• Take actions to achieve equality in em-
SISO gets ISO Certification!
Settlement and Integration Standard Organization (SISO), had added yet another milestone to their many accomplishments, that of getting ISO certification. This is the first of its kind for a service organization in Ontario. Many would ask what this means for SISO. What this certification meant for SISO is that its programs and services and the day to day running of the organization were closely scrutinized and measured against strict organizational standards and the met the pass mark. This certification is recognition of the good work the staff, volunteers and Board of SISO put into their organization to make it the best amongst its peers. Congrats SISO! (Voice in Diaspora) What is ISO? ISO 9000 is a family of standards for quality management systems. ISO 9000 is maintained by ISO, the International Organization for Standardization and is
administered by accreditation and certification bodies. The rules are updated, as the requirements motivate changes over time. Some of the requirements in ISO 9001:2008 (which is one of the standards in the ISO 9000 family) include • a set of procedures that cover all key processes in the business; • monitoring processes to ensure they are effective; • keeping adequate records; • checking output for defects, with appropriate and corrective action where necessary; • regularly reviewing individual processes and the quality system itself for effectiveness; and • facilitating continual improvement A company or organization that has been independently audited and certified to be
in conformance with ISO 9001 may publicly state that it is "ISO 9001 certified" or "ISO 9001 registered". Certification to an ISO 9001 standard does not guarantee any quality of end products and services; rather, it certifies that formalized business processes are being applied. Although the standards originated in w w w.thevoiceindiasp ora.com
manufacturing, they are now employed across several types of organizations. A "product", in ISO vocabulary, can mean a physical object, services, or software. ■ From Wikipedia, the free encyclopedia More photos of this event on Page 15 Apr & May 2010 • Vol 3 • Issue 3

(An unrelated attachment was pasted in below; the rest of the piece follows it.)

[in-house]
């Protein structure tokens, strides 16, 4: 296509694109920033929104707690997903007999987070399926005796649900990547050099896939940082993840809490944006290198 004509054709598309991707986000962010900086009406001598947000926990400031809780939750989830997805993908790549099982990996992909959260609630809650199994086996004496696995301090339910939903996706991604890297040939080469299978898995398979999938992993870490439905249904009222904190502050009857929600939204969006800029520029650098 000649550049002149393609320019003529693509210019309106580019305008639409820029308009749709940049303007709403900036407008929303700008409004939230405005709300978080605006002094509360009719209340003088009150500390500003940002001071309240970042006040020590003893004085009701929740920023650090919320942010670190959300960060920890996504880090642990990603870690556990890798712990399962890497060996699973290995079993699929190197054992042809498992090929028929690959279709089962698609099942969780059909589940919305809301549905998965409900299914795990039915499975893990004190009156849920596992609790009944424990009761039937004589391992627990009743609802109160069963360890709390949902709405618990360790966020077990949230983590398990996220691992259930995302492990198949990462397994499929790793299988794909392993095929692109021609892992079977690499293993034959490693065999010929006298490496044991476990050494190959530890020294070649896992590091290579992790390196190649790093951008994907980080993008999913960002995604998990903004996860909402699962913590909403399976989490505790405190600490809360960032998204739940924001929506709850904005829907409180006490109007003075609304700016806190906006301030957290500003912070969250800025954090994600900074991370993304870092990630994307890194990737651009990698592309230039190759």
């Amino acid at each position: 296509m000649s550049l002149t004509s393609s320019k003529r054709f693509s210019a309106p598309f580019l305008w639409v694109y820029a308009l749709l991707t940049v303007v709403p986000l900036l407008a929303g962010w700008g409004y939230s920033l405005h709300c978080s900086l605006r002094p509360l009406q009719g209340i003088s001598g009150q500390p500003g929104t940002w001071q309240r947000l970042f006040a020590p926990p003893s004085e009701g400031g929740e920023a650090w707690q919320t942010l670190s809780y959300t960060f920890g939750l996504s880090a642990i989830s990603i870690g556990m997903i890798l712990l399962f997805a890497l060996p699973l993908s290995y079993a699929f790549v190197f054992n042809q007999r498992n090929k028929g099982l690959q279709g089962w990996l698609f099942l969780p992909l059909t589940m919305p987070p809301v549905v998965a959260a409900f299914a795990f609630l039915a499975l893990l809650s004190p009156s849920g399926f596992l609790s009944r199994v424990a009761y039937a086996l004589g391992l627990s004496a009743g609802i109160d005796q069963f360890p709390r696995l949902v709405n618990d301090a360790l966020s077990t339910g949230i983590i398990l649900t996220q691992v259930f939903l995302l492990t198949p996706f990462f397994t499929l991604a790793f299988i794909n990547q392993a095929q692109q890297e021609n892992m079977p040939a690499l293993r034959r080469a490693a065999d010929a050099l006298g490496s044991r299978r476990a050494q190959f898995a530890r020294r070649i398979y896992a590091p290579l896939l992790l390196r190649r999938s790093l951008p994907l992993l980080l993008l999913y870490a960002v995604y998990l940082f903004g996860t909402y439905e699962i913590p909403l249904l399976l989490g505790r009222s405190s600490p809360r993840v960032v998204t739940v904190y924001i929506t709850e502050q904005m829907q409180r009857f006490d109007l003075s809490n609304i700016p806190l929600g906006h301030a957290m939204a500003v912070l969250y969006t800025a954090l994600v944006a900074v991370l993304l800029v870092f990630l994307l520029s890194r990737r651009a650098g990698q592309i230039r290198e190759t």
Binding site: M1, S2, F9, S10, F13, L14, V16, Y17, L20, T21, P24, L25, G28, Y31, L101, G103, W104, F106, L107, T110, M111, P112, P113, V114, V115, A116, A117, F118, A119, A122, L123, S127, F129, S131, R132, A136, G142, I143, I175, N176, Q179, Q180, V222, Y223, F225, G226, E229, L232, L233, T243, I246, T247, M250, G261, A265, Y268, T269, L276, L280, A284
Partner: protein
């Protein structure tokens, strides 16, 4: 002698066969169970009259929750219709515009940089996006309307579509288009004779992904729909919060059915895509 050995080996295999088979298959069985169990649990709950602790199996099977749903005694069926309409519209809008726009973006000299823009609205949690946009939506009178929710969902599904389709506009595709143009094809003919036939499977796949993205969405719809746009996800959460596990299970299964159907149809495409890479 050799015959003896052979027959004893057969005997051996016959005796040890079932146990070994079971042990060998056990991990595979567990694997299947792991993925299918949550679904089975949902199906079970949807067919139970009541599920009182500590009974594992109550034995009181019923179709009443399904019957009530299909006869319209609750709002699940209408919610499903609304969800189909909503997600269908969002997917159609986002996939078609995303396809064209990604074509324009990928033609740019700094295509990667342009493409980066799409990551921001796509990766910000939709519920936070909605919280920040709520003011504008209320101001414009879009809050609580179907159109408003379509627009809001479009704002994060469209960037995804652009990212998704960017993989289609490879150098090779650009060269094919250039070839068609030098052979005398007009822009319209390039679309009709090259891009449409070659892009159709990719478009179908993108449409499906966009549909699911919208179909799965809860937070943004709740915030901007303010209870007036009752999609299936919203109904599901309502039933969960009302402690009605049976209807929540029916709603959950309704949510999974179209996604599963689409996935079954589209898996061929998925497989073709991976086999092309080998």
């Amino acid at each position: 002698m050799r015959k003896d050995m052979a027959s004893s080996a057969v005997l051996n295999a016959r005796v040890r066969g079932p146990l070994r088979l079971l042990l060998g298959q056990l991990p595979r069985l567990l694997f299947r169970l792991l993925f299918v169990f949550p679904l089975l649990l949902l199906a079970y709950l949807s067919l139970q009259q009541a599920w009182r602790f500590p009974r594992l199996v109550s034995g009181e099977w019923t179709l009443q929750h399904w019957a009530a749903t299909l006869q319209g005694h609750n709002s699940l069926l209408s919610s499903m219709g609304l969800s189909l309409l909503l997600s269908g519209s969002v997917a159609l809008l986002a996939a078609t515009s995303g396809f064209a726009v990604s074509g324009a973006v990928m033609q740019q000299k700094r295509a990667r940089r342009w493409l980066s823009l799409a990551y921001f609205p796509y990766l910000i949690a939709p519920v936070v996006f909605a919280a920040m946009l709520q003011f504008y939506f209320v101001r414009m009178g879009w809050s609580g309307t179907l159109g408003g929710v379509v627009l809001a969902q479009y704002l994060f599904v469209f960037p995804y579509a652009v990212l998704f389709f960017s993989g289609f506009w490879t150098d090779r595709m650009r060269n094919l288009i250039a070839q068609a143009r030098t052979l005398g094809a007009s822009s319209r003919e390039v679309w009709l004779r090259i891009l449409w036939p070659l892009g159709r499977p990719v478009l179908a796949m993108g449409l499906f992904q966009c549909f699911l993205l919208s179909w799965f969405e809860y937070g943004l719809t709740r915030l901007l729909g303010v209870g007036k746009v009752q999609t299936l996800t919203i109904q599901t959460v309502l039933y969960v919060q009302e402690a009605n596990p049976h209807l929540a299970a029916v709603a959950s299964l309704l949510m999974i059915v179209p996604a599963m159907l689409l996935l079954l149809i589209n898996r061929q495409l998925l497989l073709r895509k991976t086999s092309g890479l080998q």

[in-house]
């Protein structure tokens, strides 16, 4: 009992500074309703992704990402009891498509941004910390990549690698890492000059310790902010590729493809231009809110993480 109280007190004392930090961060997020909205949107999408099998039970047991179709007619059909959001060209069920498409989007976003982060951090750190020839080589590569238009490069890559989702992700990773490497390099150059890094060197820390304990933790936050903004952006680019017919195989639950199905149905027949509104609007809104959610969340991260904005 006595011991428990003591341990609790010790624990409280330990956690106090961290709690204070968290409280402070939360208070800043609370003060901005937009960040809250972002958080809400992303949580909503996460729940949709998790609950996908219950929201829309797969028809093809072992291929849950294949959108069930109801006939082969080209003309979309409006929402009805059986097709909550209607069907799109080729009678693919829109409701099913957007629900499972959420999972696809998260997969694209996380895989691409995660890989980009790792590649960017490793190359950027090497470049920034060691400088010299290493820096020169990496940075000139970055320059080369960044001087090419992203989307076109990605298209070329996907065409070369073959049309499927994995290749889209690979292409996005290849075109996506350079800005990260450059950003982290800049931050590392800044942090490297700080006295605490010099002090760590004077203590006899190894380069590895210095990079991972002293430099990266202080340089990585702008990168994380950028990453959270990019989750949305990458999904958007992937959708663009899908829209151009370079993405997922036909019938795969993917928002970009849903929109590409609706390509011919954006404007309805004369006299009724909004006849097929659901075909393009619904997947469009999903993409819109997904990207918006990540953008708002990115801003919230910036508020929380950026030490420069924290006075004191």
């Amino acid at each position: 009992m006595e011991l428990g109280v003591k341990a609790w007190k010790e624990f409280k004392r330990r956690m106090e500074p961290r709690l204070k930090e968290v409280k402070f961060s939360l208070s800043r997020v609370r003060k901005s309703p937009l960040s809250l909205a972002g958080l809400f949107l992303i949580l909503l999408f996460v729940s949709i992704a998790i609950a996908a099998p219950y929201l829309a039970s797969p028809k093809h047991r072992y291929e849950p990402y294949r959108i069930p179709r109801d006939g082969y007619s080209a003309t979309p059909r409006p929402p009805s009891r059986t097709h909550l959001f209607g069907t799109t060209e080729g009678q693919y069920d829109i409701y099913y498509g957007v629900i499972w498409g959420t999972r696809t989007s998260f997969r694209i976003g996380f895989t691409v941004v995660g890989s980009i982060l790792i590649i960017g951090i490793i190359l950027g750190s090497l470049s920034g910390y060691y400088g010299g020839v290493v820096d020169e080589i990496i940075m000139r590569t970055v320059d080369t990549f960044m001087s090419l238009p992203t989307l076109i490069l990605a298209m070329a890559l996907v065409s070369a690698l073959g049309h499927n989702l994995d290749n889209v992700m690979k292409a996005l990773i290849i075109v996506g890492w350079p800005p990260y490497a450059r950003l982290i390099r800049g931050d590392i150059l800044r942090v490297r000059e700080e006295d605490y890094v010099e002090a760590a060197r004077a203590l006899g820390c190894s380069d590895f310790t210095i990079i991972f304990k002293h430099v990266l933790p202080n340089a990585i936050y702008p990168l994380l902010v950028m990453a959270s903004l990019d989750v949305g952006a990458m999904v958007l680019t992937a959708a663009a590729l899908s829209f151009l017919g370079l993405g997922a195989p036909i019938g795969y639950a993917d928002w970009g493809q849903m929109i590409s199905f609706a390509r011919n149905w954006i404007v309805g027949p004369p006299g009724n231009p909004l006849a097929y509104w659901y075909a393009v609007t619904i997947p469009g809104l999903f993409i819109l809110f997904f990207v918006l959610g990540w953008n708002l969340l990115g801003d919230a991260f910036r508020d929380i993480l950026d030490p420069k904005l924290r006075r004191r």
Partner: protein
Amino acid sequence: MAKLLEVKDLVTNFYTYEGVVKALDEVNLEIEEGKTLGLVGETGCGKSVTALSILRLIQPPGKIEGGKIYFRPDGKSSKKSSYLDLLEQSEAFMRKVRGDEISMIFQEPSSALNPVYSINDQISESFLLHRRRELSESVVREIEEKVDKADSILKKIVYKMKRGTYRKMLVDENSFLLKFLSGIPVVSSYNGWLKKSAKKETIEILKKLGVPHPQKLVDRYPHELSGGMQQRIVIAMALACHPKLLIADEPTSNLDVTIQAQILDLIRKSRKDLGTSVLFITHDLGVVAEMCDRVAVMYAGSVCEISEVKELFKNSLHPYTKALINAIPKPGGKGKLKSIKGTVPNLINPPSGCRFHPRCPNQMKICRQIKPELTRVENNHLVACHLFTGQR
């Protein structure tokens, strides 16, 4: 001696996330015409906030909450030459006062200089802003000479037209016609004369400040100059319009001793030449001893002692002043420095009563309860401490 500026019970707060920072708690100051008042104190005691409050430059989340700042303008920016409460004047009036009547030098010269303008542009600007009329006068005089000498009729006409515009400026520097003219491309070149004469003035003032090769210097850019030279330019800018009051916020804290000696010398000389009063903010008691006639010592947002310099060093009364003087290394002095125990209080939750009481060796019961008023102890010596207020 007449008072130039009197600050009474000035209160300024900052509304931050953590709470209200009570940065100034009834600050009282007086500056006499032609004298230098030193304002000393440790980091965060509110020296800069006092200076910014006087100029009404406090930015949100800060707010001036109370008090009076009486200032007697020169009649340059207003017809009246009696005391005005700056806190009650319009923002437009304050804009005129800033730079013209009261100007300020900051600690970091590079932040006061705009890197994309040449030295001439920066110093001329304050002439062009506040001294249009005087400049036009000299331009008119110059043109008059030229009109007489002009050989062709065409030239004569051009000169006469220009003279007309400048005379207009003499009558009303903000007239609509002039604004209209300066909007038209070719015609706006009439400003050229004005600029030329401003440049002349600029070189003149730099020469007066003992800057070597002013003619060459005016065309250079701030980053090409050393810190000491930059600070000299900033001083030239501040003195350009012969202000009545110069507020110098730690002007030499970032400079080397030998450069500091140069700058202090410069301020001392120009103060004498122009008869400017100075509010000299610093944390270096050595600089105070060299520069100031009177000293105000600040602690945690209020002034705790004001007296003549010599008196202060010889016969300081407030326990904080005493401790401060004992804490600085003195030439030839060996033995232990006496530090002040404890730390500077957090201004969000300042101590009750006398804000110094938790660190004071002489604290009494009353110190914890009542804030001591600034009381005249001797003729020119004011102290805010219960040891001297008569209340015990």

Canadians worried about home prices, mortgage rates: Surveys OTTAWA - A pair of surveys on housing prices released recently show that many Canadians are worried about rising prices and interest rates, but that is not stopping many from entering the housing market sooner, or taking on more debt than they want to. According to a new BMO survey conducted by Harris-Decima, 71 per cent of current and future homeowners think house prices are too high and 33 per cent complained they have lost sleep due to the stress of trying to buy a new home. However, it was exactly this feeling that housing prices might spiral out of reach that has led first-time homebuyers to feel pressure to buy homes sooner, with onethird saying talk of rising house prices and rising interest rates have influenced their decision to enter the market. The online poll of 1,000 Canadians aged 25 to 45, who are either current homeowners or are
is expected to cool later in 2010 with rising interest rates expected and the introduction of the Harmonized Sales Tax in Ontario and B.C. "There's definitely a sense of urgency among home buyers," Lynne Kilpatrick, senior vice-president of Personal Banking at BMO said in the release. "The key when looking to buy a home is to have a clear understanding of your financial situation what you can afford today and in the near future, as rates and associated home ownership costs increase."
planning on purchasing their first home in the next 12 months, was conducted from Feb. 16 to 22. "Housing prices have risen 89 per cent since 2002 - vastly outpacing family income gains," Sal Guatieri, senior economist at BMO Capital Markets said in a release. Indeed, according to the Canada Real Estate Association, the average price of all homes sold through the Multiple Listings Service in February 2010 was $335,655, up 18.2 per cent from February 2009.